Chris O'Dowd stars in Moone Boy, which is based on his childhood.
FREE TO AIR
Moone Boy: series premiere, ABC1, 8pm
IT'S LATE-1980s Ireland and in the sodden little burg of Boyle, a 12-year-old Martin Moone is coming to terms with being … 12-year-old Martin Moone. As the youngest son of a working-class family, Martin is the runt of the runts, passed over by his siblings and frazzled father and largely forgotten by his mother, who is frantically campaigning for soon-to-be-president Mary Robinson. Lonely, Martin resorts to inventing a friend, Sean (Chris O'Dowd), who helps Moone Boy negotiate everything from school bullies to his older sister's inedible cooking. Though steeped in an Adrian Mole/Diary of a Wimpy Kid charm, this series, based on O'Dowd's childhood, suffers from a lack of focus: are we meant to be rooting for Martin or Sean, or his family, or all of them? Maybe, as the series proceeds, such issues will be resolved.
Lightning Point, Channel Ten, 4pm
IN THE past, ponies and boys were enough to keep the tweenagers glued, but the arrival of Twilight means young audiences now require at least one paranormal storyline before they'll deign to pick up the remote. Enter Lightning Point, where Summer Bay meets Doctor Who. Filmed around Byron Bay, this sun-and-sea-soaked series follows two peachy young things, Zoey (Lucy Fry) and Kiki (Jessica Green), who arrive new not only to town but to Earth itself. Zoey and Kiki are aliens from the planet Lumina, who, aware perhaps of Australia's visceral dislike of queue-jumpers, are doing everything in their power to keep a low profile. This is difficult, however, given they are both gorgeous and love surfing and chasing boys. The writers have done well here, ensuring the action remains G-rated while also keeping it interesting. Today's instalment sees the spunky-yet-puppyish Brandon (Andrew James Morley) coming to terms with the discovery of his own super powers, a fine metaphor for adolescence itself.
America Revealed, SBS One, 8.30pm
AS WITH most industrialised nations, the US is in reality a massive, continent-size creature, a colossal pulsing ecosystem, each part of which - roads, ports, power - performs an essential function. Hosted by the distractingly hyperactive Yul Kwon (a former winner of US Survivor), this four-part series seeks to dissect the hyper-networked organism that is the US, starting tonight with the food system. Focusing in the first instance on Domino's Pizza, Kwon shows how each family-size supreme arrives at the customer's door as the end product of a network of supply hubs and delivery webs stretching across the country, a web that is ultimately fed by farmers working on a monumental scale. This is not Food Inc.; don't expect Kwon to analyse the downsides of industrial agriculture. Kwon aspires to dazzle us with the miracle of modern agriculture, but his cross-eyed enthusiasm leaves little room for nuance.
Chasing UFOs, Nat Geo, 8.30pm
OH, NOT the bleeding Phoenix Lights again! Can't people accept that the V-shaped formation of lights people saw in the sky near Phoenix, Arizona, in 1997 was almost certainly just a group of military aircraft? That it wasn't actually a boomerang-shaped alien spaceship a mile wide? And that the slow-falling string of lights seen later that night was - as the air force explained - just a string of flares dropped over the bombing range at its nearby base? Apparently not. Tonight, UFO crank James Fox, sceptic Ben McGee, and gullible eye-candy Erin Ryder head to Arizona to pretend they might be on to something big. They interview a man who claims to have been abducted by aliens and, as always, spend a lot of time running around in the dark being filmed in night vision to try to make everything look Blair Witch-style scary. Consider your intelligence insulted.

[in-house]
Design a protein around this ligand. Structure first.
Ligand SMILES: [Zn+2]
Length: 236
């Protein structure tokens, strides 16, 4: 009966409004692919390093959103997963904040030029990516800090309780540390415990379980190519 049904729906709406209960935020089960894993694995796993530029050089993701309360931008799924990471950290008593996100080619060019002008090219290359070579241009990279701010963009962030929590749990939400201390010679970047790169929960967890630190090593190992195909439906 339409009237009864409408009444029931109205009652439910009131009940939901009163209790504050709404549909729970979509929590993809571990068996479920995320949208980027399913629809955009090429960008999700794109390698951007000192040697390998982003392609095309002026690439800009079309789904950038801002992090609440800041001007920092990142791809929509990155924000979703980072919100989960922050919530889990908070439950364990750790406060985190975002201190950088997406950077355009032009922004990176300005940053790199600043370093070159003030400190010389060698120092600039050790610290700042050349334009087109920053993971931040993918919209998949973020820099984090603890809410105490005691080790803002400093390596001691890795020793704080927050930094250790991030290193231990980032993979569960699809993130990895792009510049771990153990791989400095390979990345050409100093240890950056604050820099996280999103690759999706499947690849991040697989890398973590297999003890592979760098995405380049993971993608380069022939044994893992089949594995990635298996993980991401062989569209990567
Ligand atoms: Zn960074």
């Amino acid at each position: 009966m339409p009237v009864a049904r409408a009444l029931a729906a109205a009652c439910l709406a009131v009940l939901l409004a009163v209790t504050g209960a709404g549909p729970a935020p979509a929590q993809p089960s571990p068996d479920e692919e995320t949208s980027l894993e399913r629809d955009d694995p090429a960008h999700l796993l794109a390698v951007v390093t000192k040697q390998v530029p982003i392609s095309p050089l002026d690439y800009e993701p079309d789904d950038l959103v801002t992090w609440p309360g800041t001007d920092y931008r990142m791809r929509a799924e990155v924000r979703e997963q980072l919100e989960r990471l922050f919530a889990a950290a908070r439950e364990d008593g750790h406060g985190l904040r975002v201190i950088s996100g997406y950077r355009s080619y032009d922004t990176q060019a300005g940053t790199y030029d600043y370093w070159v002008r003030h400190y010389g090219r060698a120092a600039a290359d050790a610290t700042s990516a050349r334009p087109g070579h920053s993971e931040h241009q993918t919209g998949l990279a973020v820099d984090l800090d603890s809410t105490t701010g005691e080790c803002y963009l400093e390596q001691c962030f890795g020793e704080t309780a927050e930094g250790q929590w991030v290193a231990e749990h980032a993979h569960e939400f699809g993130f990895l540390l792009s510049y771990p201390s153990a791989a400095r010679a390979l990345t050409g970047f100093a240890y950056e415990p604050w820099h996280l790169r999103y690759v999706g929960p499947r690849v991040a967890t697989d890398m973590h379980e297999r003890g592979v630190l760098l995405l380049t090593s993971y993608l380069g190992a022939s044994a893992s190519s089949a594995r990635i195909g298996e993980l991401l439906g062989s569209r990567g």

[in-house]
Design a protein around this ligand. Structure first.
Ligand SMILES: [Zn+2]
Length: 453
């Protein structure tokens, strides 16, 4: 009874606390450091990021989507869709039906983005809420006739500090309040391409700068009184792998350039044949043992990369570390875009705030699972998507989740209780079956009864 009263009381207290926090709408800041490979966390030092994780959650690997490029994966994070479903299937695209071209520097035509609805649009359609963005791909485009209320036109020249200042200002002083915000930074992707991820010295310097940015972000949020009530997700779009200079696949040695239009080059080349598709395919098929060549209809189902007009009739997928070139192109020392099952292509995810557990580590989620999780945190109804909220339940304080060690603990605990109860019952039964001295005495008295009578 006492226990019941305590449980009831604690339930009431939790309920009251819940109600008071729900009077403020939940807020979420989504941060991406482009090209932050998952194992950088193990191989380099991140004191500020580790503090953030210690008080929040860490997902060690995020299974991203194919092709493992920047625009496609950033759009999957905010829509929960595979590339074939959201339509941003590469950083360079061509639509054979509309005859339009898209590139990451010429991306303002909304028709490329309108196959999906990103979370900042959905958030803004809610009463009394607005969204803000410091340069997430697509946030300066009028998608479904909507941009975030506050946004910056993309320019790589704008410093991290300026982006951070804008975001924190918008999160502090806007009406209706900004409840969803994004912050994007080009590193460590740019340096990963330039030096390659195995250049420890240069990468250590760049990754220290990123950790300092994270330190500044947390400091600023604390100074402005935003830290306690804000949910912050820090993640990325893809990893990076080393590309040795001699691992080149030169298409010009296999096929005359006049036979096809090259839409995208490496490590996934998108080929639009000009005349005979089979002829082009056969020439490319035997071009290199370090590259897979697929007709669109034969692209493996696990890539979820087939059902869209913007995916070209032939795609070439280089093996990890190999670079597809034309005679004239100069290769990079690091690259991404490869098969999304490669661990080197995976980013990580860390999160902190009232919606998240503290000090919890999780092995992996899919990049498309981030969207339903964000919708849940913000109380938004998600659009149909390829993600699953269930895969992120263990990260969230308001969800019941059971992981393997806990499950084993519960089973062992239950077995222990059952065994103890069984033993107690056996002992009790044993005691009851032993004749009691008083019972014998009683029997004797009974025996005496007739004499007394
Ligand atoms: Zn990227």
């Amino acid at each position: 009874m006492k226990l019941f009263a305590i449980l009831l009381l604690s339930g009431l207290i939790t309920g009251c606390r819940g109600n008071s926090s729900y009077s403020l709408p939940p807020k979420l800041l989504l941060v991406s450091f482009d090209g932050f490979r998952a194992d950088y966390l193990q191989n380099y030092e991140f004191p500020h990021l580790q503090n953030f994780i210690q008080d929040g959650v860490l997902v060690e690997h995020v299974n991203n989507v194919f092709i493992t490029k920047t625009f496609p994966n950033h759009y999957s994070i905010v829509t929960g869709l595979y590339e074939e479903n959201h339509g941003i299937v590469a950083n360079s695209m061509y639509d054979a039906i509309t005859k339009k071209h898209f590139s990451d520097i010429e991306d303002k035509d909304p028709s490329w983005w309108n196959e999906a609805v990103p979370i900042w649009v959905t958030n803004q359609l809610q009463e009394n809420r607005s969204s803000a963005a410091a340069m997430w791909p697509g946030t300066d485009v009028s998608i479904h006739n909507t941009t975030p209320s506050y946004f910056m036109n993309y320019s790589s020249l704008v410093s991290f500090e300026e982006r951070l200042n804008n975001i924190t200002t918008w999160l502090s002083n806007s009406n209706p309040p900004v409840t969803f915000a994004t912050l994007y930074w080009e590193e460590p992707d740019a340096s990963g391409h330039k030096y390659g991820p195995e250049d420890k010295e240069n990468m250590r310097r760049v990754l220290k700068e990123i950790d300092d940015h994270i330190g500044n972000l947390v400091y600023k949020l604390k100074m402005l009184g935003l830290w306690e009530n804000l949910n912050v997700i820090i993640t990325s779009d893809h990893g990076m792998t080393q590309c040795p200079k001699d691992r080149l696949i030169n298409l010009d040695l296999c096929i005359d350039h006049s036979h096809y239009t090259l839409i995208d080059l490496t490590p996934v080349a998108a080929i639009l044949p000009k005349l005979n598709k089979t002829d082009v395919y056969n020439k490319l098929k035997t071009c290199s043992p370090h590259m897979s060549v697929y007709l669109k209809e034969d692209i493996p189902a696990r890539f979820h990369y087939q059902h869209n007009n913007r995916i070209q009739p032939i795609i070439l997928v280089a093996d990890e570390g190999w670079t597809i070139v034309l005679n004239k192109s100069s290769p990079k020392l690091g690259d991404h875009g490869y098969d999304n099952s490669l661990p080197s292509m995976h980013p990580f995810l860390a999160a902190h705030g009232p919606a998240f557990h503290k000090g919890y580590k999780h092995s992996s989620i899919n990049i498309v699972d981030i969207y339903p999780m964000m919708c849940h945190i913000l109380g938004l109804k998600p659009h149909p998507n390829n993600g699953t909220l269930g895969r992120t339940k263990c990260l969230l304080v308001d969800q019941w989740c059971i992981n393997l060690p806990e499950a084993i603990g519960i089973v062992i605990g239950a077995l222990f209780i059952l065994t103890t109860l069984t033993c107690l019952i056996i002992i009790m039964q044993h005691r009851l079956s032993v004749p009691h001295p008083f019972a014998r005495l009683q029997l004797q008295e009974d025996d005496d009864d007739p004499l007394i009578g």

Hurricane Hunter, A&E, 3.30pm
IT'S marvellous stuff that the Hurricane Hunters team does - flying modified Hercules transport planes into the very eyes of enormous hurricanes in order to gather data about them. This episode follows them as they fly into the eye of Hurricane Irene, which killed 56 people and caused an estimated $16 billion damage when it hit the Caribbean, the US and Canada last year. As they hit the worst weather in the ''eyewall'' of the storm, visibility is zero and the hail so fierce that it feels like the plane is being sandblasted. Yikes.
On Hannibal's Trail, Nat Geo Adventure, 9.30pm
Australian brothers Danny, Ben and Sam Wood continue retracing the steps Hannibal and his brothers took in their invasion of Rome.
The Real Bronson, CI, 7.30pm
Documentary about Charles Bronson, the prisoner dubbed ''the most violent man in Britain''.
A-League Football, Fox Sports 1, 7.30pm
Melbourne Heart takes on Brisbane Roar, live from Melbourne.
The Bucket List (2007), Channel Nine, 8.30pm
THE US has a genius for odd-couple stories, where wildly different people, often with a great disparity in wealth, become the best of friends. You can see it in the original The Odd Couple, the much-imitated Planes, Trains and Automobiles, and last year's underrated The Big Year. And you can see it in Rob Reiner's The Bucket List. Edward (Jack Nicholson) is a cutely belligerent billionaire who ends up being treated for cancer in the same hospital as the similarly diagnosed Carter (Morgan Freeman), a man who has always put others first. Together they begin a journey of achieving life-long dreams before death finally strikes. This is a flawlessly made film, from a near-perfect script by Justin Zackham, acted by two men who have no right to be this great. They must have done something right in a past life.
Something's Gotta Give (2003), Channel Nine, 10.30pm
HARRY (Jack Nicholson) is an ageing lion with a girlfriend 35 years his junior, whose romantic weekend turns sour. To the rescue comes the ''appropriately aged'' Erica (Diane Keaton). The joy of watching two consummate stars almost makes up for the fact we are being preached to.